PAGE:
The Royal Gold Cup

Walk into Room 40 in the British Museum via the staircase in the entrance lobby and the first thing that hits you is this wonderful piece of medieval metalwork – The Royal Gold Cup, created around 1380 in France by John, Duc de Berry for his brother Charles V (or, some sources say, for his nephew Charles VI).

It’s a lidded cup that weighs just under 2kg (so just over 4lb) is around 23cm (9 inches) tall and is made from gold with ‘basse-taille’ (low relief) enamelling that tells the story of the martyrdom of St Agnes (Charles V birthday was St Agnes’ Day – 21 January).

[Here’s me doing an online talk about the Cup and explaining more about the story of St Agnes]

The cup came into English hands (the Duke of Bedford, regent for the boy king Henry VI) sometime around 1420 and from there entered the royal treasury of the kings of England. It was in the inventory of treasures of Henry VIII (who had the ring of Tudor roses inserted into the stem) and of Elizabeth I, and then passed to here successor, James I of England, VI of Scotland.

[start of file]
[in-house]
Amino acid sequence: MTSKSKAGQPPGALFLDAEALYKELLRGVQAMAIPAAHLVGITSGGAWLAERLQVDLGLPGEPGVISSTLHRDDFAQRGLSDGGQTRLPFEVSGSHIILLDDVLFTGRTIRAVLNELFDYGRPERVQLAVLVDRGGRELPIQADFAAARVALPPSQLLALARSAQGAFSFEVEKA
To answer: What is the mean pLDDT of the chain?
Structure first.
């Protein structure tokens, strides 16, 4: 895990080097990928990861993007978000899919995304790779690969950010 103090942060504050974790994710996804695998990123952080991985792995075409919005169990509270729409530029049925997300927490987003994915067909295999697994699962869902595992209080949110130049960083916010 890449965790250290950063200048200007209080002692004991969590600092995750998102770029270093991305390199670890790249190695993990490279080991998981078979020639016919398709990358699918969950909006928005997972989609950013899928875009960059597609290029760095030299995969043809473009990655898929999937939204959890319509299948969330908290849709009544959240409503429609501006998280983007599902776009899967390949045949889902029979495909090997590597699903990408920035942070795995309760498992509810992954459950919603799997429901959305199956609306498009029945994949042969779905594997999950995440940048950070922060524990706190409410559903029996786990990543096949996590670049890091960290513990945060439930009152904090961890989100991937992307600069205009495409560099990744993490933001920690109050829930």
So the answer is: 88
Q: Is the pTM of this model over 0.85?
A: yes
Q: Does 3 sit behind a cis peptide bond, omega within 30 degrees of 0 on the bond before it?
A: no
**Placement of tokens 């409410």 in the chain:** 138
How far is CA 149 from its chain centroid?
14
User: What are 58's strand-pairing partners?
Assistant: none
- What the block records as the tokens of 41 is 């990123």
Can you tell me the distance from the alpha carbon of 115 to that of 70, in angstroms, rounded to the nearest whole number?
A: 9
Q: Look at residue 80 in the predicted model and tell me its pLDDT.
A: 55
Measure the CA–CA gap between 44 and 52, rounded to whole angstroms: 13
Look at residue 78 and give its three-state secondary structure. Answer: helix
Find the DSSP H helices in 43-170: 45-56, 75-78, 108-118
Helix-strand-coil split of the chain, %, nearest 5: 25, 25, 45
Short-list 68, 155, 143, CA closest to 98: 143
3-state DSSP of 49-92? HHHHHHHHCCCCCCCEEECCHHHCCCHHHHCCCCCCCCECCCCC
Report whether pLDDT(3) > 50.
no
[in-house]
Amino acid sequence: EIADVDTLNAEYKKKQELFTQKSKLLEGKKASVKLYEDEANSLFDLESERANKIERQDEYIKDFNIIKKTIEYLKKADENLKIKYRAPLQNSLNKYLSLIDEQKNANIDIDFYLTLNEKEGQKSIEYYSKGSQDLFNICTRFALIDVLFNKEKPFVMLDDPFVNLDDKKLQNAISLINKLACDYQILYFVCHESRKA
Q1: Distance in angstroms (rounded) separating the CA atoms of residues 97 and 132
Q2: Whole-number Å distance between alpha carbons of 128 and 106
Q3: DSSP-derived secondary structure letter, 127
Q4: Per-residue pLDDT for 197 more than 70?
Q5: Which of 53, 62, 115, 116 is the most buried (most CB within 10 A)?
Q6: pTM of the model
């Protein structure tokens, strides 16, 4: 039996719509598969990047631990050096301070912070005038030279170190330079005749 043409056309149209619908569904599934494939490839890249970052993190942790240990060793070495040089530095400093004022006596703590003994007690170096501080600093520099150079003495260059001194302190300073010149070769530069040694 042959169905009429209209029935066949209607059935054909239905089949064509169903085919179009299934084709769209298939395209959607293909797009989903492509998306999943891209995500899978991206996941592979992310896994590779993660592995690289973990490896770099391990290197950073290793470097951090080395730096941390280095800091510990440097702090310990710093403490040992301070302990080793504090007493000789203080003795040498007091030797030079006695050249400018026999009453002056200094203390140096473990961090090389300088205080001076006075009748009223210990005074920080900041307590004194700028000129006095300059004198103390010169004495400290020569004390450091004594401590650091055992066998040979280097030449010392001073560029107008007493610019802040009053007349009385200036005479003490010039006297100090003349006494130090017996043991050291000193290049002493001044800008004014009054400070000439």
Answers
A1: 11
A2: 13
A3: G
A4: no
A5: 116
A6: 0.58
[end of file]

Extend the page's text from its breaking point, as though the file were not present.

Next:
James presented it to the Spanish ambassador on the conclusion of a peace treaty in 1610, and it was then given to a convent near Burgos in Castile and Leon. In the late 1800s the nuns were short of money and the cup was sold to a dealer in Paris, then bought by a Bond Street antiques gallery, who sold it to the British Museum.

In its time, it would not have been regarded as particularly exceptional (Charles V is known to have had 25 such cups of varying sizes), but its survival makes it unique. It is a gorgeous piece – go and see it and be prepared to be captivated by its beauty and craftsmanship.